A meeting in London this week will be the last chance for the IMO to agree on GHG emission mitigation ahead of the crucial UN climate conference in Copenhagen in December.

In the 12 years since the Kyoto protocol was established, the International Maritime Organisation (IMO) has not enacted a single measure to tackle climate change from international shipping.

 

A meeting in London this week will be the last chance for the IMO to agree on GHG emission mitigation ahead of the crucial UN climate conference in Copenhagen in December.

In the 12 years since the Kyoto protocol was established, the International Maritime Organisation (IMO) has not enacted a single measure to tackle climate change from international shipping. Since 1997, CO2 emissions from international shipping have grown by over 100% and now total 870 million tonnes per annum or 2.7% of global CO2 emissions; this equates to more than the entire current carbon emissions of the UK, Germany or Canada. If shipping emissions continue unabated, it is estimated that they will represent 6% of global CO2 emissions in 2020 and up to 50% of the global greenhouse gas budget in 2050.

Next week’s meeting is the IMO’s last chance to take action before the Kyoto provisions are revised at Copenhagen in December. If action is not forthcoming, NGOs will press for Copenhagen to set emission reduction targets for international shipping: 40% below 1990 levels by 2020; and 80% below 1990 levels by 2050 and for discussions to be transferred to the UNFCCC, the body that deals with climate change.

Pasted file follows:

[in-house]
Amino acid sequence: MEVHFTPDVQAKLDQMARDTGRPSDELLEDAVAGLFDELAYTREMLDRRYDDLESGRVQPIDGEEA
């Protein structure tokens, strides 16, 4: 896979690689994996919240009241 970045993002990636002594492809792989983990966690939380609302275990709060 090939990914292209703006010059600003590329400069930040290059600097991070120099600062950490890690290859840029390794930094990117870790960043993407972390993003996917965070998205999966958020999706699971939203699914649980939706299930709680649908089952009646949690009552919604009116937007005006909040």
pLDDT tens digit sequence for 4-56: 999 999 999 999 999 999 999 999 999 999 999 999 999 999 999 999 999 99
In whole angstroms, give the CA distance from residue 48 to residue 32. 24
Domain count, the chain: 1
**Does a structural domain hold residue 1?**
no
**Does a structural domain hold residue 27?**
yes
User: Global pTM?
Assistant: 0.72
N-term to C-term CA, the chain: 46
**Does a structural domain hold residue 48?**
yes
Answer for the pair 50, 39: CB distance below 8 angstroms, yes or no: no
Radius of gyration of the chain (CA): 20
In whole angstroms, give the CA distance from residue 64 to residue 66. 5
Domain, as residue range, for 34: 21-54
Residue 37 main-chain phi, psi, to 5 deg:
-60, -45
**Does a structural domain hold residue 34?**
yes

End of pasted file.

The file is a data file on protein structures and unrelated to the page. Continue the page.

The need to address shipping emissions is too urgent to be left in the hands of the IMO, who have consistently stalled when they need to take real action. We cannot risk another decade of delay. If the IMO cannot make real commitments to cut emissions, and back this up with action, then it is time for the UNFCCC to step in.

The IMO has been discussing possible measures to reduce emissions including emission trading or a levy; an emissions standard for new and existing ships; as well as operational measures to reduce emissions. However, developed and developing countries are split over who should participate. Developed countries insist that shipping is a global industry and any scheme must cover everyone, while poorer countries point to the principle of “common but differentiated responsibilities” applied in climate negotiations and insist that only developed countries should be covered.

One way out of the current deadlock is for every country to participate in a global shipping scheme, but for the revenues generated by a levy on fuel, or by auctioning emissions permits to go exclusively towards helping developing countries to fight climate change. That way, poorer nations will ultimately receive more than they pay in, but for such an offer to be credible, rich countries must show that they are willing to transfer this money and not keep it to plug budget deficits at home. Developed countries have long argued that the emissions belong to no individual country - they can’t now lay claim to the proceeds of any levy on those emissions. The least IMO can do at this session is pass a resolution guaranteeing the revenues will go to developing countries.

 

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